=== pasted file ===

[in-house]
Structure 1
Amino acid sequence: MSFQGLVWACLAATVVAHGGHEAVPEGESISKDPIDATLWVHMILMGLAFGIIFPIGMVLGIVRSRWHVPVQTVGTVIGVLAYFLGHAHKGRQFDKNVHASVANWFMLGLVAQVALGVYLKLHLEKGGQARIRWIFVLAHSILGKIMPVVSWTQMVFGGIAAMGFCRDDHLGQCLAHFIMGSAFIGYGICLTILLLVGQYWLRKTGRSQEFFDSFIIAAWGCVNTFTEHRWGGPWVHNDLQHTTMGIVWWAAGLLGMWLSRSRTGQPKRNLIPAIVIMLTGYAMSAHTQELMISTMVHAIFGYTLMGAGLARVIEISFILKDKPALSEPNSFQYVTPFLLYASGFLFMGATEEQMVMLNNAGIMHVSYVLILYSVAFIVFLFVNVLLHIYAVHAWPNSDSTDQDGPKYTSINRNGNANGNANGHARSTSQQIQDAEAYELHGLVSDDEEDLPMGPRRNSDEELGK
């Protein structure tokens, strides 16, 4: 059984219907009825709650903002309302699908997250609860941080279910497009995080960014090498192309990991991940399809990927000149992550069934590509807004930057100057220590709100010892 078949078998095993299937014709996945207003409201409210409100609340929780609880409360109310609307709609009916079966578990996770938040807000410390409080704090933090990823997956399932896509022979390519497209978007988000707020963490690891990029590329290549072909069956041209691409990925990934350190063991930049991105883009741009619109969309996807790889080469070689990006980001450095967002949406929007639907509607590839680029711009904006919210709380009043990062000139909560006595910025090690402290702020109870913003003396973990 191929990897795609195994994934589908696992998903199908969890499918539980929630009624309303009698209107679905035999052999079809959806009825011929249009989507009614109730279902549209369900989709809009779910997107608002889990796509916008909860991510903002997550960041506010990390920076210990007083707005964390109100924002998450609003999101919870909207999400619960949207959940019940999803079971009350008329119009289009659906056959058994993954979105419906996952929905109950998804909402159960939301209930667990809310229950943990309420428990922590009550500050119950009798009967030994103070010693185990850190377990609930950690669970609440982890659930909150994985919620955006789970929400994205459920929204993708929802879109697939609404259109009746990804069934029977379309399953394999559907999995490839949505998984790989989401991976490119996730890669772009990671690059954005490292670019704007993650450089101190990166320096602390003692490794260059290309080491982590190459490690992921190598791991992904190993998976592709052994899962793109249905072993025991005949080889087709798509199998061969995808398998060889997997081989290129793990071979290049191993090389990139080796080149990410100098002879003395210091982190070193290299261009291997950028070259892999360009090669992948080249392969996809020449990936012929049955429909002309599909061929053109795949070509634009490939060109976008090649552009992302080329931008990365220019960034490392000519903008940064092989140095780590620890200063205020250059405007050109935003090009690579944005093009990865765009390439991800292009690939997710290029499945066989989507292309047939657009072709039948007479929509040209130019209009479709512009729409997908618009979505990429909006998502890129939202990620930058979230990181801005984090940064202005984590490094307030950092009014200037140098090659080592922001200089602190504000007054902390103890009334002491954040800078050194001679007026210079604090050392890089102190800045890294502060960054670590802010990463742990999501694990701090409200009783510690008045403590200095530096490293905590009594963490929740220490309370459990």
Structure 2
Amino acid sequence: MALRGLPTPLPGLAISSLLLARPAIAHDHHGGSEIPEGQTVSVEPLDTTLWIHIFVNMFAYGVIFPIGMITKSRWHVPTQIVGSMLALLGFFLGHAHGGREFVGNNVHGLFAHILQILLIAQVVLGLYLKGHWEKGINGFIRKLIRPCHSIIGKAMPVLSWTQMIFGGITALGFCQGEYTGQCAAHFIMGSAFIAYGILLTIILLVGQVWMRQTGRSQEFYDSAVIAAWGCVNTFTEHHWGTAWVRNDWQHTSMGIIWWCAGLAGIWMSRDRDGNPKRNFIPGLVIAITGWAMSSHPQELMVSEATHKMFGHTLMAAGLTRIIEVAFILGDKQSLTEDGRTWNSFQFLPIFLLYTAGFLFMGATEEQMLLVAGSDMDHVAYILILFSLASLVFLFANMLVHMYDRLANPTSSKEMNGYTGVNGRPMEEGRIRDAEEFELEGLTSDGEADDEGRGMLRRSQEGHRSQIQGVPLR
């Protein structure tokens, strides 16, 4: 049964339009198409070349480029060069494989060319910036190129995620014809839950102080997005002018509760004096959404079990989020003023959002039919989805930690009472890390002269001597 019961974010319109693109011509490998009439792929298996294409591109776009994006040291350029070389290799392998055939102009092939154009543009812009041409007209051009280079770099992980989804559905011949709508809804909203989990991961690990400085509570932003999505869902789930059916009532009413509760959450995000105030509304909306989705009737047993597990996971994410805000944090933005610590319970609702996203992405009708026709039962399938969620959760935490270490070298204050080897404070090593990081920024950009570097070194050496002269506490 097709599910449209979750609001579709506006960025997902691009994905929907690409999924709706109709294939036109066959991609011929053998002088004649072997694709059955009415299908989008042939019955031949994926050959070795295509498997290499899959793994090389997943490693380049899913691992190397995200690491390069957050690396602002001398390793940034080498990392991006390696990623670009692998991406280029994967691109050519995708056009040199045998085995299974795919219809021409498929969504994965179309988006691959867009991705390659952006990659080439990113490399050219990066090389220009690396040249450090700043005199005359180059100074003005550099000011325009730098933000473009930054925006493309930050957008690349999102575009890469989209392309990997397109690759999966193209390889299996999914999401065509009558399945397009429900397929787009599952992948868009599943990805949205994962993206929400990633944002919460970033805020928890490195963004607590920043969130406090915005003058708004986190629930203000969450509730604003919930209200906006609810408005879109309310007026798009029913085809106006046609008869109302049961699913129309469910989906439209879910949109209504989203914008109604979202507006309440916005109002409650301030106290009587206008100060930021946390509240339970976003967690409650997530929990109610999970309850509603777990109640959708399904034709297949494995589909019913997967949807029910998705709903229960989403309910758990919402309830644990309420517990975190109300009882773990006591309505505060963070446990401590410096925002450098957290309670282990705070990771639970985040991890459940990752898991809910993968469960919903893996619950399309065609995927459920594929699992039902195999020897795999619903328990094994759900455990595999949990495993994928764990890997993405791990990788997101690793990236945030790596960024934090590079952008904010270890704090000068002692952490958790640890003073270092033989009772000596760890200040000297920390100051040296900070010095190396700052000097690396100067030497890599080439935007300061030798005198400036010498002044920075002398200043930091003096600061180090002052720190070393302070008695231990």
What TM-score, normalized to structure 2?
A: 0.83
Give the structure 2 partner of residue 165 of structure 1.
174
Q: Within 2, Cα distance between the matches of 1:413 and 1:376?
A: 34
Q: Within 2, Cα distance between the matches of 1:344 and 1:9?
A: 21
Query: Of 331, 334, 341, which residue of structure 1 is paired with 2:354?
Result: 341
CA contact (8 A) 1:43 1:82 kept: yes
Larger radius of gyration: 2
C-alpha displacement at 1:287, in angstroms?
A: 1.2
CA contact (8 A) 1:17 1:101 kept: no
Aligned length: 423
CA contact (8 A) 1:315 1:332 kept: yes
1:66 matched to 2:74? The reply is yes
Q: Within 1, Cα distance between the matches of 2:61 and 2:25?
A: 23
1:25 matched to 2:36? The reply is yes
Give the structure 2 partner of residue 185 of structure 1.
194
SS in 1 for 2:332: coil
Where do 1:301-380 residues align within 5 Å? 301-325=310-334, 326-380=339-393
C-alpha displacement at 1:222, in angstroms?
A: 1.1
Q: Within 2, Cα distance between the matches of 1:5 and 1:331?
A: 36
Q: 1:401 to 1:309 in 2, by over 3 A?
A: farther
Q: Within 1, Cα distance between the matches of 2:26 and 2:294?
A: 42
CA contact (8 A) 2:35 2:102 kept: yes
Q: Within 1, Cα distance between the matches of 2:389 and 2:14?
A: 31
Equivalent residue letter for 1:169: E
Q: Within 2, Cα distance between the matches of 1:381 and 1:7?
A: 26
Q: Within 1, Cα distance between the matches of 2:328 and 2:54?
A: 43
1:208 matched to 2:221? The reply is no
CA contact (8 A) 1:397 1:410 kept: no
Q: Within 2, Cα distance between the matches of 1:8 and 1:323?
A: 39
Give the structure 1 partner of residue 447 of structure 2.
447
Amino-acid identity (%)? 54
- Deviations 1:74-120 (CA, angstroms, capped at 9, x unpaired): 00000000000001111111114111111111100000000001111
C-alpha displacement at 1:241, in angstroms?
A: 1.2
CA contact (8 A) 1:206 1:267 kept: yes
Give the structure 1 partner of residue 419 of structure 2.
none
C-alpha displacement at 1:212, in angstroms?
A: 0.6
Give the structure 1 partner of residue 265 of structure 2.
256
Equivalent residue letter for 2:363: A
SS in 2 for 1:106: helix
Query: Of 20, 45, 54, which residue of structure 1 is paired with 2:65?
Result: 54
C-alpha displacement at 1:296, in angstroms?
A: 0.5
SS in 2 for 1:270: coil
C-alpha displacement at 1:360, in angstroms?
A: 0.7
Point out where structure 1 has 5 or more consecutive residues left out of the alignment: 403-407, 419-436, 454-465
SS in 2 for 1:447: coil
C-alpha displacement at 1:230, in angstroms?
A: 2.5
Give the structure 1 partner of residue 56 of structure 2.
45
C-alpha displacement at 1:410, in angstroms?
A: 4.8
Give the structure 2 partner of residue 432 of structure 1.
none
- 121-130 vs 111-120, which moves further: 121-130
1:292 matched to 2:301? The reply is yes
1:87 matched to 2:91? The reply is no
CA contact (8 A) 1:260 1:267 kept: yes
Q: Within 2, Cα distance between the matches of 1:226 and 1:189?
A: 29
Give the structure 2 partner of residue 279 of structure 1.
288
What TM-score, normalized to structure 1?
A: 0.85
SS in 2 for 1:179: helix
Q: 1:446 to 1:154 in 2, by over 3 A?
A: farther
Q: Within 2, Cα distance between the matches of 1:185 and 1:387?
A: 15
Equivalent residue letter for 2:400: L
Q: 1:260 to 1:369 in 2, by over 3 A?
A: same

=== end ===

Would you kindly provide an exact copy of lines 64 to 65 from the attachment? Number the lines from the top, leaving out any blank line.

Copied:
Give the structure 1 partner of residue 265 of structure 2.
256